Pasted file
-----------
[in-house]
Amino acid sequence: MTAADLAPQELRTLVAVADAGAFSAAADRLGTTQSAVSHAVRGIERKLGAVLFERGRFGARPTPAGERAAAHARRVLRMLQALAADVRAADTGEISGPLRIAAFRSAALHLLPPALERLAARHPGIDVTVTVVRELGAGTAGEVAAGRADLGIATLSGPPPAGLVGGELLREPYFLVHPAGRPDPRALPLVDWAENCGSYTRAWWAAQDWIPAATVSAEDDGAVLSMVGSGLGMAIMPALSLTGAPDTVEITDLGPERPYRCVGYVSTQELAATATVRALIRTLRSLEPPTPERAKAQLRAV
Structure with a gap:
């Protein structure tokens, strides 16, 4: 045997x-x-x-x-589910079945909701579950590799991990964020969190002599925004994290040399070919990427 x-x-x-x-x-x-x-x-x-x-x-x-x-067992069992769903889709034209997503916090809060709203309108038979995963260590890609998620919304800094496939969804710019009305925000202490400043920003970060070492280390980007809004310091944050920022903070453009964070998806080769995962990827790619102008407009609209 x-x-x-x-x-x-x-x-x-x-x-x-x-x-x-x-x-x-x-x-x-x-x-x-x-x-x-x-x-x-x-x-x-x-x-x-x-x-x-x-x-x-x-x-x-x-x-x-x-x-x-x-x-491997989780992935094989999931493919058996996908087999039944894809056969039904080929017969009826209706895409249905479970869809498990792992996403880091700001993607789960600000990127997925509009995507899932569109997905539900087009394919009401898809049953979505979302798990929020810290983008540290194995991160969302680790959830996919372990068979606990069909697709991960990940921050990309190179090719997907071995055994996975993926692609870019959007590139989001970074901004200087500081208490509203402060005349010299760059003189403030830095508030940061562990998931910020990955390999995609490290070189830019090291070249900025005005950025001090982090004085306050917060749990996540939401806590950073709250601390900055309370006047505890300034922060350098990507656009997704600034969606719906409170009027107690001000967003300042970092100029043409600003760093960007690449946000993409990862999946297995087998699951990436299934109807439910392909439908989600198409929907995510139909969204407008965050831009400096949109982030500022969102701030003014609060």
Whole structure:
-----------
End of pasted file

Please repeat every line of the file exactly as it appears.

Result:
[in-house]
Amino acid sequence: MTAADLAPQELRTLVAVADAGAFSAAADRLGTTQSAVSHAVRGIERKLGAVLFERGRFGARPTPAGERAAAHARRVLRMLQALAADVRAADTGEISGPLRIAAFRSAALHLLPPALERLAARHPGIDVTVTVVRELGAGTAGEVAAGRADLGIATLSGPPPAGLVGGELLREPYFLVHPAGRPDPRALPLVDWAENCGSYTRAWWAAQDWIPAATVSAEDDGAVLSMVGSGLGMAIMPALSLTGAPDTVEITDLGPERPYRCVGYVSTQELAATATVRALIRTLRSLEPPTPERAKAQLRAV
Structure with a gap:
């Protein structure tokens, strides 16, 4: 045997x-x-x-x-589910079945909701579950590799991990964020969190002599925004994290040399070919990427 x-x-x-x-x-x-x-x-x-x-x-x-x-067992069992769903889709034209997503916090809060709203309108038979995963260590890609998620919304800094496939969804710019009305925000202490400043920003970060070492280390980007809004310091944050920022903070453009964070998806080769995962990827790619102008407009609209 x-x-x-x-x-x-x-x-x-x-x-x-x-x-x-x-x-x-x-x-x-x-x-x-x-x-x-x-x-x-x-x-x-x-x-x-x-x-x-x-x-x-x-x-x-x-x-x-x-x-x-x-x-491997989780992935094989999931493919058996996908087999039944894809056969039904080929017969009826209706895409249905479970869809498990792992996403880091700001993607789960600000990127997925509009995507899932569109997905539900087009394919009401898809049953979505979302798990929020810290983008540290194995991160969302680790959830996919372990068979606990069909697709991960990940921050990309190179090719997907071995055994996975993926692609870019959007590139989001970074901004200087500081208490509203402060005349010299760059003189403030830095508030940061562990998931910020990955390999995609490290070189830019090291070249900025005005950025001090982090004085306050917060749990996540939401806590950073709250601390900055309370006047505890300034922060350098990507656009997704600034969606719906409170009027107690001000967003300042970092100029043409600003760093960007690449946000993409990862999946297995087998699951990436299934109807439910392909439908989600198409929907995510139909969204407008965050831009400096949109982030500022969102701030003014609060």
Whole structure: